Pyrethrum is another botanical insecticide. It is made using the flower heads of certain species of daisies grown in Africa and Australia. Pyrethrum is a broad-spectrum insect neurotoxin that paralyzes insects on contact. It kills a wide variety of insects but is allergenic and neurotoxic to humans, especially when inhaled, and is toxic to wildlife, particularly fish. Pyrethrum is not allowed on Massachusetts school grounds because it is a carcinogen and should not be used on Connecticut school grounds.

Cultural control / Introduction to Cultural Control
« Last post by admin on April 28, 2011, 05:20:27 PM »
Proper watering prevents weed germination and slows weed growth. Lawns and turf need one inch of water per week, and rainfall often meets that need. Use a rain gauge, a small bucket or a coffee can to measure rainfall. If watering is necessary, check the client?s irrigation system to make sure automatic sprinklers are set to water heavily once a week, not lightly every day. Light watering promotes shallow root growth and weak turf.

Mow high, 3 to 3-1/2 inches if possible. Taller grass shades out weeds and keeps moisture in the soil. To reduce grass stress, remove no more than one-third of the grass blade when mowing. Keep the mower blade sharp. Clean the mower blade between jobs to avoid transferring weed seeds to other properties. For athletic fields, try to find periods of time between games or in the off season when the grass can be allowed to grow to 3 inches.

Soil Adjustments
The chapter on soil health, fertility and amendments extensively covers methods to optimize soil for growing turfgrass.  
Healthy soil enables turfgrass to out-compete weeds so that, over time, grass replaces weeds.

Weed Lifecycles
Another key to weed control is timing. Careful observation of weed populations and weed seedling emergence patterns will help the lawn care professional develop an appropriate weed control program.

Corn gluten can be used as a pre-emergent. It is applied to a lawn in the spring between forsythia and lilac bloom to help prevent germination of crabgrass and other annual weeds. It also prevents turfgrass from germinating, so do not seed on top of corn gluten. If necessary, you can apply two inches of compost over corn gluten and then seed.

Corn gluten is high in protein and contains about 10 percent nitrogen. Because corn gluten is high in nitrogen, be sure to reduce subsequent fertilizer applications accordingly. High nitrogen conditions can harm some grasses such as fine fescues, promote certain fungal diseases and increase insect and herbivore damage.

Careful mechanical cultivation (for dense weed infestations) or hand pulling (for minor weed problems) during periods of active growth also prevents the formation of large weed populations. Regularly inspect a lawn or field to determine what weeds are growing where and when they appear.

Annual weeds grow, flower and produce seed in a single season and will die at the end of the season. For this reason, it is easier to start a new lawn in the fall, when the weather is cool, annual weeds are dying and the cool season turf grasses can start with little or no competition.

Spot Control
For lawns or turf with weed issues, use organic methods that fit the problem. Hand-pick or selectively remove weeds for sparse or small infestations. For larger areas, weeding can be accomplished using a liquid organic herbicide (they typically contain acetic acid, clove oil and/or citric acid), a hot foam sprayer or a weed burner. These methods work by immediately killing the aboveground portion of the weed; they will also kill any grass or other plant they come in contact with. Mechanical cultivation (rake, hoe or rototiller) is also an option. Seed immediately following spot control so turf grass can fill the space left by the weeds. Often, certain types of weeds will take over a particular area of a lawn or turf and can be managed once or twice a year with soil amendments to correct the soil imbalance found in that particular area.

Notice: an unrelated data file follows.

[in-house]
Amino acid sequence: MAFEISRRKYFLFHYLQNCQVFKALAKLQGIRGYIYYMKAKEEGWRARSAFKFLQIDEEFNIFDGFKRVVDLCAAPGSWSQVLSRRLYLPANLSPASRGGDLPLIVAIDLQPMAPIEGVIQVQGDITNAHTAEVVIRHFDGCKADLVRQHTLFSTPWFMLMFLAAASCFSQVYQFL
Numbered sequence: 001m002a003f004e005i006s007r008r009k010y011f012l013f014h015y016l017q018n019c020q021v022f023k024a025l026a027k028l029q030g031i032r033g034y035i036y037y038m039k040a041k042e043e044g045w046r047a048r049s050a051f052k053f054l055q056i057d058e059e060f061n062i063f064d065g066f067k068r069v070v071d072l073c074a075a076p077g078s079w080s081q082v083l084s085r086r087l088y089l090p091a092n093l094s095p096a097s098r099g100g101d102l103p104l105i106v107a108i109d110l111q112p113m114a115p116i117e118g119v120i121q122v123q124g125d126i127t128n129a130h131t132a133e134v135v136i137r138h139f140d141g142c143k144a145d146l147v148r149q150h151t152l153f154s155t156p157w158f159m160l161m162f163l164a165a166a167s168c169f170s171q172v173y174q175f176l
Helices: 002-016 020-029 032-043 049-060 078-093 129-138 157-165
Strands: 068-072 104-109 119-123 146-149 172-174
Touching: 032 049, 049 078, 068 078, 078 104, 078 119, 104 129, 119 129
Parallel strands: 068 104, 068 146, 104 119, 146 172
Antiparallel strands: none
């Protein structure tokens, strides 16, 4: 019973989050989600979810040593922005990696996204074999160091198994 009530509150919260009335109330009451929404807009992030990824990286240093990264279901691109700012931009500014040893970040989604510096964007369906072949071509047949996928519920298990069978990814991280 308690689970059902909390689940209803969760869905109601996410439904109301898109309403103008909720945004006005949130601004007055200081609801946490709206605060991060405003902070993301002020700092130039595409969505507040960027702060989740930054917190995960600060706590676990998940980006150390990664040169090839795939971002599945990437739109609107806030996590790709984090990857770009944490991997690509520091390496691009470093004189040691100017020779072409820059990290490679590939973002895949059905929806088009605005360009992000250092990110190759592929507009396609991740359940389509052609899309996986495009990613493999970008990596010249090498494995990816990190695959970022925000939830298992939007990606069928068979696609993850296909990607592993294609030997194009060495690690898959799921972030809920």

Soil conditions and weeds / Soil Conditions and the Weeds They Favor
« Last post by admin on April 28, 2011, 05:09:28 PM »
Different plants thrive in different soil conditions, and in fact, the presence of a plant in a given location can tell you about the soil conditions there. Here are some general soil conditions and the plants that thrive in them.

The following information is excerpted and reprinted in part from
Turfgrass by Timothy M. Abbey, published by the University of Connecticut, College of Agriculture and Natural Resources, 2001.

Wet, Poorly Drained Soil
   Algae, annual bluegrass, nutsedge, plantains, rushes, sedges, smartweeds

Droughty, Extremely Dry Soil
   Birdsfoot trefoil, cinquefoils, crabgrass, quackgrass, rabbit foot clover, yarrow

Low Soil pH
   Moss, rabbit foot clover, red sorrel, wild strawberry

Low Soil Fertility
   Cinquefoils, common mullein, mallow, moss, wild carrot

Low Nitrogen
   Chickweed, clovers, trefoil, vetches

Compacted Soil
   Ajuga, annual bluegrass, broadleaf plantain, moss, chickweeds, crabgrass, ground ivy, pineapple weed, prostrate knotweed

Mowing Height Too Low
   Annual bluegrass, chickweeds, common purslane, crabgrass, creeping bentgrass, dandelion, ground ivy, moss

   Chickweeds, moss, violets, ground ivy
Common weeds / Introduction to Common Weeds
« Last post by admin on April 27, 2011, 06:14:15 PM »

Color photographs of the weeds described here can be found in Weeds of the Northeast by Richard H. Uva, Joseph C. Neal and Joseph N. 
DiTomaso, Cornell University Press, 1997.

Ajuga or Bugleweed (Ajuga reptans) Description: Perennial; glossy green leaves arranged in tight rosettes; bluish-violet flowers in spring; spreads quickly by runners. Where it grows/what it likes: 
Shady areas. Beneficial uses: Great groundcover; attracts bumblebees; showy flowers and colorful leaves can be assets in an informal lawn. Control methods: Aerate soil to reduce compaction; add organic matter to soil; mow flower heads.